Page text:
Keep Funding Research
A NUMBER of other nations rival the United States in the quality of scientific and engineering research. Taken together, they also match US research in scope. But American research universities remain the envy of the world. Now ill-considered action in Congress threatens this unique resource.
Following the lead of its chairman, Rep. John Murtha (D) of Pennsylvania, the House defense appropriations subcommittee has voted to cut $900 million from the $1.46 billion that the Defense Department sought to fund university research in the next fiscal year. Last month, the entire House approved the cut. If such a sudden drastic funding cut were to become law, America's research universities would be devastated.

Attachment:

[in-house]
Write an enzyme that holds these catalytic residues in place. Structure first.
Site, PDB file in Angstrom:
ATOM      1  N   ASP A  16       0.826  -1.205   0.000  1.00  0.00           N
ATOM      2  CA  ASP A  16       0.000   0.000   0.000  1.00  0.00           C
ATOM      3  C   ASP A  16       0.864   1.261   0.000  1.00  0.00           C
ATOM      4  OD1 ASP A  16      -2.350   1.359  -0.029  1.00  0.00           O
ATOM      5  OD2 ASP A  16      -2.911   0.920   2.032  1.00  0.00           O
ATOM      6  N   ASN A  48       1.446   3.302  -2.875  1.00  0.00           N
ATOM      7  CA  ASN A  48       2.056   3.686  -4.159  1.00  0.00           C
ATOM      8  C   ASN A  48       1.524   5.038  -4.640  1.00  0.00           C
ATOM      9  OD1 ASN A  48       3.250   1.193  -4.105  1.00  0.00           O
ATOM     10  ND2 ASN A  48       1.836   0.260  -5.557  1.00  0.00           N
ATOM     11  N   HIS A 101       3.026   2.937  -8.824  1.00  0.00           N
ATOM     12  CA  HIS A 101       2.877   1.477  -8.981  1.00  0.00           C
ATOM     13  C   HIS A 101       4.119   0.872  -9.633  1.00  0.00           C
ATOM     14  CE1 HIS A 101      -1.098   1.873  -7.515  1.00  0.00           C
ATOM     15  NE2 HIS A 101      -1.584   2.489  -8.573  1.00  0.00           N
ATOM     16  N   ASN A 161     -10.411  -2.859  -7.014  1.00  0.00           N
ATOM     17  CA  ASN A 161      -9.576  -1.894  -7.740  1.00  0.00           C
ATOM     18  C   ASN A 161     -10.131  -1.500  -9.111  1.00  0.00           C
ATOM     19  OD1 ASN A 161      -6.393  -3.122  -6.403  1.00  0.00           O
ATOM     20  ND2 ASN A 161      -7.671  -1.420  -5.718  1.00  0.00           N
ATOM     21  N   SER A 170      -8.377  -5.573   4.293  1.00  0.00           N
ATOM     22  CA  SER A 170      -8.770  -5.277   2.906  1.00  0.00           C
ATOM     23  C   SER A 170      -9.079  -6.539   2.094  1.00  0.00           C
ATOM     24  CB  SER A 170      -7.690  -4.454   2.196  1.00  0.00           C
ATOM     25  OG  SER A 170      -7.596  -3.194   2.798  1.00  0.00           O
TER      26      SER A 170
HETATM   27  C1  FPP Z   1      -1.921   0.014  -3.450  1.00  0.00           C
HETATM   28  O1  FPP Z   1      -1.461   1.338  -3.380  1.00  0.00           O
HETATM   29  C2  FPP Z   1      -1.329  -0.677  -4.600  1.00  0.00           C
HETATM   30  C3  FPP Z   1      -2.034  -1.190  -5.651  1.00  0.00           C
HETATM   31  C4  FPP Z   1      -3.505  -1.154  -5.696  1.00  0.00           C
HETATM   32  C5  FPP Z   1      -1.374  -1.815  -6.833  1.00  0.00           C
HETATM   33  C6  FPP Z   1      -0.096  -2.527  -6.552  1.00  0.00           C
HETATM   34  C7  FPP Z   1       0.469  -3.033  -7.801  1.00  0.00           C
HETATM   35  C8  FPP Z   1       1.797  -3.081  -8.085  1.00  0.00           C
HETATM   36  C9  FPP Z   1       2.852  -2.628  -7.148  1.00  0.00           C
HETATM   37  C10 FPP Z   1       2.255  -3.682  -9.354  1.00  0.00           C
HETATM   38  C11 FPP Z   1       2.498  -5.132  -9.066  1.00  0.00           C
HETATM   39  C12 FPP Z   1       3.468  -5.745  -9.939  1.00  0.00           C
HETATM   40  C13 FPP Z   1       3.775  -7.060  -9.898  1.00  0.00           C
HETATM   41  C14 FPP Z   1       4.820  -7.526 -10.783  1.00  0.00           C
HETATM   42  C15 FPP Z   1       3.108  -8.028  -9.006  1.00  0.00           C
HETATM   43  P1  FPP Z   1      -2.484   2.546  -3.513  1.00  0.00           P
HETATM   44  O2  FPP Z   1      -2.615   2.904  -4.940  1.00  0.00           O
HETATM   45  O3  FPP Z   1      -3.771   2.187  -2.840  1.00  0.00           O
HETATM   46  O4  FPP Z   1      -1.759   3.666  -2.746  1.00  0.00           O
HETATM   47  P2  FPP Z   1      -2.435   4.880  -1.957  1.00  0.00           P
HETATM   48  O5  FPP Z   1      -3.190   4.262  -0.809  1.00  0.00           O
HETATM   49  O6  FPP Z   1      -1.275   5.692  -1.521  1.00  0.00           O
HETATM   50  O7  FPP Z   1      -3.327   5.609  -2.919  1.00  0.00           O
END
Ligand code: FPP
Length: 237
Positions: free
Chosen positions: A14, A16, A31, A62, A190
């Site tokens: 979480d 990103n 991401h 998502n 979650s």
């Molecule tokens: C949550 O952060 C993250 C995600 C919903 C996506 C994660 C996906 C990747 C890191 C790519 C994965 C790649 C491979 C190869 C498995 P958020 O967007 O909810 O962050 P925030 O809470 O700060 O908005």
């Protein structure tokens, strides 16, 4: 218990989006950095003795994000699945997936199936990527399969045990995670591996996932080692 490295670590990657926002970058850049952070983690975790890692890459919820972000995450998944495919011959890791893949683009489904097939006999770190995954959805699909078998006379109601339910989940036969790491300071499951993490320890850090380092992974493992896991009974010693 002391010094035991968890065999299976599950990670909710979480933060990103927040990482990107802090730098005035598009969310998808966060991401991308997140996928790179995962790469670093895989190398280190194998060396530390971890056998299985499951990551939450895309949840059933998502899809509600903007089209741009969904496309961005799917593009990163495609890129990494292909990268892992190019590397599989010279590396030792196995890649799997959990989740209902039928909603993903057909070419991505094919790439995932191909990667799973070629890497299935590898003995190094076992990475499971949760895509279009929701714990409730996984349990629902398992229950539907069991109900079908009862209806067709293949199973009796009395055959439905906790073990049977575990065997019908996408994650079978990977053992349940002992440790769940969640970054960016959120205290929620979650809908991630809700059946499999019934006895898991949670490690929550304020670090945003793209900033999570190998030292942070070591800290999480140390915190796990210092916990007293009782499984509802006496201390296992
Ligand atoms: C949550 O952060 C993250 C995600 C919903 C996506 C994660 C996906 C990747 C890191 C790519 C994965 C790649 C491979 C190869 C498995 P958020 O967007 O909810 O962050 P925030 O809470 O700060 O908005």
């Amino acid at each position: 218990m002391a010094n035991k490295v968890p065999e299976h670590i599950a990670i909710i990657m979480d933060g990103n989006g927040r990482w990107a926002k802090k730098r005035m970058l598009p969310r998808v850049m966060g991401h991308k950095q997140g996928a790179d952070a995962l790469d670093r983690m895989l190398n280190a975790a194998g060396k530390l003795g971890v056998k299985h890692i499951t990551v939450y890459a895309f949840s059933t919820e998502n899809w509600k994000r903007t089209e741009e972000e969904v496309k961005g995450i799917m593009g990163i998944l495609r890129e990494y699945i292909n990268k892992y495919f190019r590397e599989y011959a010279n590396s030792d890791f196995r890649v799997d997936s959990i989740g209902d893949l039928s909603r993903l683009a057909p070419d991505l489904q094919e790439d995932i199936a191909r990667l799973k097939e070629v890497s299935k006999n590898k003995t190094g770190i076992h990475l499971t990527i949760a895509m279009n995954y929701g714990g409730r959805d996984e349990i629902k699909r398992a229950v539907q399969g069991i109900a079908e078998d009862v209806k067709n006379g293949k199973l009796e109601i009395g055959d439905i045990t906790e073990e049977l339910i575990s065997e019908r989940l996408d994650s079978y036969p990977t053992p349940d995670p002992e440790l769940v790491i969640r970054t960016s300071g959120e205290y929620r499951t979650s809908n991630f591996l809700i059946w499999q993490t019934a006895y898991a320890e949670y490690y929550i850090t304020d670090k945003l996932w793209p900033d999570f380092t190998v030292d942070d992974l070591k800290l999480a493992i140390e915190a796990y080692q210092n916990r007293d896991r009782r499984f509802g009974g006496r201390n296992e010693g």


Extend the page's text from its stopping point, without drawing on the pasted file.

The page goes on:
University administrators and their congressional backers considered this unthinkable. When Mr. Murtha made his move, they were confident that the Senate would restore the money. It now is apparent that many representatives and some senators find such a research cut thinkable and doable.
In the post-cold-war era, it may be sensible to scale back defense-supported university research. The danger lies in cutting too much too quickly. Defense money has been a key sustainer of university research in the physical sciences since the end of World War II. …